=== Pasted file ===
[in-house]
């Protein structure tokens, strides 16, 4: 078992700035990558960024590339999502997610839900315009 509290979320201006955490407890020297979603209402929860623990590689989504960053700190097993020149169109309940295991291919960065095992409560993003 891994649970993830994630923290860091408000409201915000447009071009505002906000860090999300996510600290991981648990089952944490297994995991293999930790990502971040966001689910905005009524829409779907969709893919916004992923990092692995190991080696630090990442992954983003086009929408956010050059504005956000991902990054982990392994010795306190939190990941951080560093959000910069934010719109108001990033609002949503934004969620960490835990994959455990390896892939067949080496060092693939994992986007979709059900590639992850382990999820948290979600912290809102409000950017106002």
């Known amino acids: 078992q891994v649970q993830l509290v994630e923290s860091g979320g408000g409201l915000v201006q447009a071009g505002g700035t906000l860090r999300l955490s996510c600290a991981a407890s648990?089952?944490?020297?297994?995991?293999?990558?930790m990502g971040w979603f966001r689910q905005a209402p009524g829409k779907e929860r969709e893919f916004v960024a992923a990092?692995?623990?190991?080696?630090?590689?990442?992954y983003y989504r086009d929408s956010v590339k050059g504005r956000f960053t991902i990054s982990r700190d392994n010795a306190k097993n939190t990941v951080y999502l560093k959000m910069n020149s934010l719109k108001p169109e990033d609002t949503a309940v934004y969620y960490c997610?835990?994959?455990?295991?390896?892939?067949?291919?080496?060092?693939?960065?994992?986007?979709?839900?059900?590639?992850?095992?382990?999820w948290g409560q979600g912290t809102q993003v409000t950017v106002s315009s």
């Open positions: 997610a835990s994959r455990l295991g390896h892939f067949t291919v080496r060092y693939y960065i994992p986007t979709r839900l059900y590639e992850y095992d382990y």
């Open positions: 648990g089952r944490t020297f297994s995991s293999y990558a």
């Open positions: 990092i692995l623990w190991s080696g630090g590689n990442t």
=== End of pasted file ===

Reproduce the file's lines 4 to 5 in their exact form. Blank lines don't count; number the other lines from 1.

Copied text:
């Open positions: 997610a835990s994959r455990l295991g390896h892939f067949t291919v080496r060092y693939y960065i994992p986007t979709r839900l059900y590639e992850y095992d382990y």
């Open positions: 648990g089952r944490t020297f297994s995991s293999y990558a």